Charles Russell Rhines, 63 was slated to be executed by lethal injection at 1:30 p.m., Monday, Nov. 4, in the SD State Penitentiary in Sioux Falls, but it was delayed about six hours while he made final appeal efforts. Shown here in 2017, Rhines had been on death row since 1993 for the March 1992 stabbing murder of Donnivan Schaeffer in a Rapid City doughnut shop. (Photo from SD Department of Corrections)

Nearly 26 years to the day since being sentenced to death for the stabbing murder of young man in Rapid City, Charles Rhines is slated to be executed Monday, Nov. 4.

Rhines, 63, has been behind bars since shortly after he killed Donnivan Schaeffer, who was 22, on March 8, 1992. Schaeffer was an employee of the Rapid City donut shop that Rhines had recently been fired from and came back to burglarize.

Rhines confessed to torturing his victim and laughing at him as he pleaded for his life and leaving him to die from knife wounds. Rhines had been fired by the shop a few weeks earlier.

Rhines had a criminal record, including wiring a grain elevator with dynamite in an attempt to blow it up, had been dishonorably discharged from the military where he learned to use explosives, and tortured animals, according to childhood acquaintances and according to court documents.

He was convicted by a jury of first-degree murder and on Oct. 29, 1993, sentenced to death in state court in Rapid City.

Rhines has appealed his sentence several times in several ways in state and federal court, leading one federal appeals court panel at one point to accuse him of “deliberately engaging in dilatory tactics and intentional delay . . .”

His appeals gained national attention n 2016 when his attorney found a note from jurors in the 1993 trial asking the judge what prison would be like for Rhines. The lawyer argued that the note indicated jurors thought being locked away with other men would not be much punishment for Rhines because he identified himself as gay, so decided on death as punishment.

Rhines has been on death row in the state prison in Sioux Falls, where he is described as a white male, 6 feet, 2 inches tall, 195 pounds, with blue eyes and brown hair.

On Thursday, Oct. 31, state Attorney General Jason Ravnsborg announced in a news release that state Circuit Judge Jon Sogn denied Rhines’ request for a temporary restraining order and preliminary injunction and for a stay of execution.

“Justice for Donnivan (Schaeffer) is long overdue,” Ravnsborg said. “Our courts have recognized the constitutionality of the state’s execution protocol for years and that has been affirmed by Judge Sogn today. Rhines has had his day in court. It is now time for him to serve his sentence.”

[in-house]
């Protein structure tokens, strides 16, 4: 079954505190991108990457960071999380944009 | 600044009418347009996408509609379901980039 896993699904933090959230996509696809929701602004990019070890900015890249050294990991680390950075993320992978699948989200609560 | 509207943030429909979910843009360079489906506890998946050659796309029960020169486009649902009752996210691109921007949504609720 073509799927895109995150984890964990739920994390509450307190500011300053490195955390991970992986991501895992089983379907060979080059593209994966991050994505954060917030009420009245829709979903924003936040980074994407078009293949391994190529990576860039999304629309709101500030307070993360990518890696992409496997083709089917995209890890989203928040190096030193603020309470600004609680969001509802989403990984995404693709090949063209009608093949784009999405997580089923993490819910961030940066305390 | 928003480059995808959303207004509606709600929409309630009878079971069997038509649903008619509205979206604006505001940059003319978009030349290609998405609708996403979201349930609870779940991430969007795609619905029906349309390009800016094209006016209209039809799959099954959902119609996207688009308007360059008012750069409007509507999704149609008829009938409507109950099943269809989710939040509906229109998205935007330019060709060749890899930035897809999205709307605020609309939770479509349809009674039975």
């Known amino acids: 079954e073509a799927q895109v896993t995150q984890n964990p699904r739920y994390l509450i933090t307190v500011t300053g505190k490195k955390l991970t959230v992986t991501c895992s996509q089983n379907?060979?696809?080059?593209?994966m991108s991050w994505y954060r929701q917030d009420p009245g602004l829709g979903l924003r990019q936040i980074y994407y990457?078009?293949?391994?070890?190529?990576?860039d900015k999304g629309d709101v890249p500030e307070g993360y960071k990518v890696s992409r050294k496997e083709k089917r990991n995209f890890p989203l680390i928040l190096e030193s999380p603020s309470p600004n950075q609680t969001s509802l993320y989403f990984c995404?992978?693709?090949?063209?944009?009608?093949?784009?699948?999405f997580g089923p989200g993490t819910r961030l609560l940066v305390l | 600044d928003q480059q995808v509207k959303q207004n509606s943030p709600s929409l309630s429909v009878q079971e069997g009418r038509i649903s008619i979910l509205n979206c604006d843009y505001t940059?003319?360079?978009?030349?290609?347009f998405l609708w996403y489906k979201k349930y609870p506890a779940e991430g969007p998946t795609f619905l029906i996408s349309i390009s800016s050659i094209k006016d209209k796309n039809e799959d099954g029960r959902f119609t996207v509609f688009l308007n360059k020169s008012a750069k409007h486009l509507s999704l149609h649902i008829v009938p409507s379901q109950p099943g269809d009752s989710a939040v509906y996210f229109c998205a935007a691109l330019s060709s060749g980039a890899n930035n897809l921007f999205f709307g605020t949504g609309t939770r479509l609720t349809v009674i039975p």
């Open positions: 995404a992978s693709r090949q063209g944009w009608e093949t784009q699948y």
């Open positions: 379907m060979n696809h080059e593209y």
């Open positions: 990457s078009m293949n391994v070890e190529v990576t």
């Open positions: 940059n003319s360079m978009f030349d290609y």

On Thursday, Ravnsborg’s chief of staff, Tim Bormann, told the Capital Journal that his office was “not privy” yet to when the state warden had slated Rhines’ execution. State law directs the warden to release that information within 48 hours of the execution and releasing the information earlier is against state law, Bormann said in an email.

Shortly before 5 p.m., Friday, Nov. 1, Michael Winder, spokesman for the state Department of Corrections in Pierre released a short statement: “In accordance with South Dakota Codified Law 23A-27A-17, Director of Prison Operations and Chief Warden Darin Young has set the date and time for the execution of Inmate Charles Rhines for Monday, November 4, 2019 at 1:30 p.m.”

Winder then released an email giving news organizations information about covering the execution on Monday.

Also Friday, Rhines’ advocates indicated appeals still are being made, despite the failure of earlier ones this week.

On Friday, Nov. 1, Janna Farley of the American Civil Liberties Union in South Dakota said in a news release that Rhines’ legal team filed a petition for certiorari asking the U.S. Supreme Court to order a federal district court to hear “new evidence of some jurors’ anti-gay bias.”

Farley said more than one juror from 1993 “confirmed that Rhines’ sexual orientation was discussed at length during sentencing deliberations. One juror stated that Rhines ‘shouldn’t be able to spend his life with men in prison.’ Another recalled a juror commenting that ‘if he’s gay we’d be sending him where he wants to go if we voted for [life without parole].’ A third juror confirmed that ‘[t]here was lots of discussion of homosexuality. There was a lot of disgust.’”

The ACLU filed a friend-of-the-court brief urging the Supreme Court to hear Rhines’ latest appeal, after it declined to hear it in 2018 and again in 2019, Farley said.

Late Thursday, Oct. 31, a state and a federal court each denied appeals, Farley said.

According to Farley, Ria Tabacco Mar, senior staff attorney at the ACLU’s LGBT & HIV Project, said in a statement:

“Anti-gay bias played an undeniable role in Charles Rhines’ death sentence. This is irrevocably at odds with our Constitution and values. As Chief Justice Roberts has written, ‘[o]ur law punishes people for what they do, not who they are.’ The Court must make sure the new evidence of anti-gay prejudice is heard on the merits before Mr. Rhines is executed.”

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